COMMENTARY | The Giants finally struck a new deal with unrestricted free agent offensive lineman Kevin Boothe, who on March 25, 2013 signed what has been reported by several sources to be a one-year contract.
While the move doesn't initially appear to be that significant beyond the fact that it is one less worry for the coaches to have regarding the starting offensive line, the transaction could have a direct impact on some of the team's other contracts.
The previous uncertainty surrounding Boothe's status was thought to be one of the reasons behind the delay regarding the Giants approaching offensive lineman David Diehl about a contract restructure, the restructure first reported by The Bergen Record.
Diehl, who is scheduled to earn a base salary of $4.475 million in 2013, the final year of his contract, is not believed to be in any jeopardy of being cut by the team because of his versatility, though his hold on a starting position would appear to be less certain.
The Giants historically have not approached a player with a high cap figure unless they need the cap space. The thinking was that if there was a chance the Giants might have two openings on the starting offensive line, Diehl likely would have been in the mix for one of those openings, which likely would have meant that his base salary would not have been adjusted.
With Boothe back on a one-year deal, the Giants, who have been trying to wrap up contract talks with receiver Victor Cruz on a deal that, according to a report in The New York Daily News, could pay him in excess of $7 million per season, can now approach Diehl, who said recently during an appearance on the NFL Network's "Total Access" program that he hadn't been approached about a salary reduction, but that he would be willing to consider it if it would help the team with locking up Cruz.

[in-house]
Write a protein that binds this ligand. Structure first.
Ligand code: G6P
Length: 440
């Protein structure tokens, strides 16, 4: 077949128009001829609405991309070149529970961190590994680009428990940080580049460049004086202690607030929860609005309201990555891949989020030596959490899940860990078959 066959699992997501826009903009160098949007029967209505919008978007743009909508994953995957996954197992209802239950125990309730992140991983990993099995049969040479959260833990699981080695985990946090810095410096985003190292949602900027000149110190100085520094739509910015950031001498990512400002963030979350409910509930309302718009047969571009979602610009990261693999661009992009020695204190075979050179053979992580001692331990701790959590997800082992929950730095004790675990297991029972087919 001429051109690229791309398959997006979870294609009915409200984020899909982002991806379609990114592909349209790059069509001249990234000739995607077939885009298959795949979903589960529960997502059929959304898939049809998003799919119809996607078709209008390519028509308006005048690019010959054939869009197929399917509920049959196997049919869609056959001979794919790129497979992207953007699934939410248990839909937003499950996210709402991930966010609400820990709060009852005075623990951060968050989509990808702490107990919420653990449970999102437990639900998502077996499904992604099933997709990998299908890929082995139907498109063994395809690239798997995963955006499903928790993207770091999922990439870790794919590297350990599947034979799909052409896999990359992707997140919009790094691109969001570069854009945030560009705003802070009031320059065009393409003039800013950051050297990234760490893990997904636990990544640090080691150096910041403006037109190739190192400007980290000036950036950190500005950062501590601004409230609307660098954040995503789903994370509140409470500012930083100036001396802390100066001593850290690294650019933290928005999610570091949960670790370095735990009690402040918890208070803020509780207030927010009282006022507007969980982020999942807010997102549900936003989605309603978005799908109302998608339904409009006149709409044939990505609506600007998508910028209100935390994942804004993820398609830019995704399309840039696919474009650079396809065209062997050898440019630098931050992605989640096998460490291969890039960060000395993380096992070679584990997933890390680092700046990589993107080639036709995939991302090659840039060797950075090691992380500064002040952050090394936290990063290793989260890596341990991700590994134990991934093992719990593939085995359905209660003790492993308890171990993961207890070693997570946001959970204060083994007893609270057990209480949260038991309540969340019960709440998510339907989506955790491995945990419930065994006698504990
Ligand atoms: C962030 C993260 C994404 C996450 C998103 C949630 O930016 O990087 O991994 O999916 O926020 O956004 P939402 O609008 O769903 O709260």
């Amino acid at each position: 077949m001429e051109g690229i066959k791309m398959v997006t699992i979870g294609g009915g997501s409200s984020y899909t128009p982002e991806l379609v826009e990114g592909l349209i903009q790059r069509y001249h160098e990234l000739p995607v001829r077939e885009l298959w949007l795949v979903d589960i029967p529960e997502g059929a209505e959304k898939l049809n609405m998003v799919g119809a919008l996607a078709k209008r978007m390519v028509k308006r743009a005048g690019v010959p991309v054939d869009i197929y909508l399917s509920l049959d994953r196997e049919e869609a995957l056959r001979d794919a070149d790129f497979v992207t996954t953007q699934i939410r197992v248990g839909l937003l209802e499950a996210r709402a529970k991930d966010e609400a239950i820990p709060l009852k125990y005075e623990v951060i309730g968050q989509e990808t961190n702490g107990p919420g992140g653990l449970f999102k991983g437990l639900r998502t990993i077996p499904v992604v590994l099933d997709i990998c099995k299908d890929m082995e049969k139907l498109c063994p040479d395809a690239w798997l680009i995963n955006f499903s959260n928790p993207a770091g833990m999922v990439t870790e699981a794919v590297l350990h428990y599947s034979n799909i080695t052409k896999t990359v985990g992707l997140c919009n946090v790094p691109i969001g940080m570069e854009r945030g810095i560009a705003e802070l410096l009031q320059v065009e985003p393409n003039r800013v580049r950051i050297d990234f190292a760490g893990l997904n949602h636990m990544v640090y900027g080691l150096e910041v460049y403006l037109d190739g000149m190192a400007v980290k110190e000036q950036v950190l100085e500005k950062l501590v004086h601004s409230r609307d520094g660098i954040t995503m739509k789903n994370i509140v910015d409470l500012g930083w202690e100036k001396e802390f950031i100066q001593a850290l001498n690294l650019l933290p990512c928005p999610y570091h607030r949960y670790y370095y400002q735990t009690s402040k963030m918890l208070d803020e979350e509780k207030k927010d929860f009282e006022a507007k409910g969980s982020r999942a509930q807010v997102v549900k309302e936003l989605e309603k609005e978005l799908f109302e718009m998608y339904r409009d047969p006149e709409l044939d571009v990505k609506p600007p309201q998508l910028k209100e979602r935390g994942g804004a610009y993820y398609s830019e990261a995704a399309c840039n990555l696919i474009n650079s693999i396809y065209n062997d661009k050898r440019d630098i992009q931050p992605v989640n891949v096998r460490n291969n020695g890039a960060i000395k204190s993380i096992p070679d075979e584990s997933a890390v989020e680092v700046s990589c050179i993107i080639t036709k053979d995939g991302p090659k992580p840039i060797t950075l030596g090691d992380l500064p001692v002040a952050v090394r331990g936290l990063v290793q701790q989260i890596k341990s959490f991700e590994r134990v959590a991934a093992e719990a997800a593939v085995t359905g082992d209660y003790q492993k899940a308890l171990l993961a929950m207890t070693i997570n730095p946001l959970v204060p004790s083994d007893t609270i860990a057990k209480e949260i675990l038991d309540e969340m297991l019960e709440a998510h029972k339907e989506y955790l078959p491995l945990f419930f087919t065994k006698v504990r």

There is also another important factor to consider regarding Boothe's return besides the experience he brings to the table and that his contract likely allows for the dominoes to fall into place for Cruz's new contract.
The Giants, who are widely believed to be seriously looking at some young offensive linemen in next month's draft, rarely insert a rookie into the starting offensive line's lineup from day one. In fact, the last rookie offensive lineman to earn a full time starting job right out of the gate was guard Chris Snee, a 2004 second-round draft pick.
That season, Snee started 11 games before being sidelined for five games of his rookie year with an inflamed gland just below his jaw.
What does that have to do with Boothe and his one-year deal? As they have seemingly done in the past with the majority of their draft picks, the Giants' plan could very well be to draft a blue-chip guard prospect within the first three rounds, let him sit a year behind Boothe, and then ease him into the starting lineup in 2014.
Also, with the potential of cap problems happening again next year-according to Street & Smith's Sports Business Journal - the NFL salary cap has been projected to remain flat through the year 2015 - it makes sense for the Giants to limit some of the veteran player contracts to one-year deals as this allows the team to fill a hole until a younger, cheaper option is ready for full time duty.
As an added bonus, a one-year veteran minimum deal given to players with four or more accrued NFL seasons only counts for $555,000 (plus whatever signing bonus the player received, so long as it doesn't exceed $65,000) toward the current year's salary cap. If the player does not make the final 53-man roster, the team is only charged for the player's signing bonus for that year.
SOURCES: Giants.com, NFLPA.com, The Bergen Record, ESPN NY, The New York Daily News, Street & Smith's Sports Business Journal
Patricia Traina is a New Jersey-based sportswriter who has covered the New York Giants fulltime for 16 seasons for Inside Football. She is also a member of the Professional Football Writers of America. Follow her on Twitter @Patricia_Traina.
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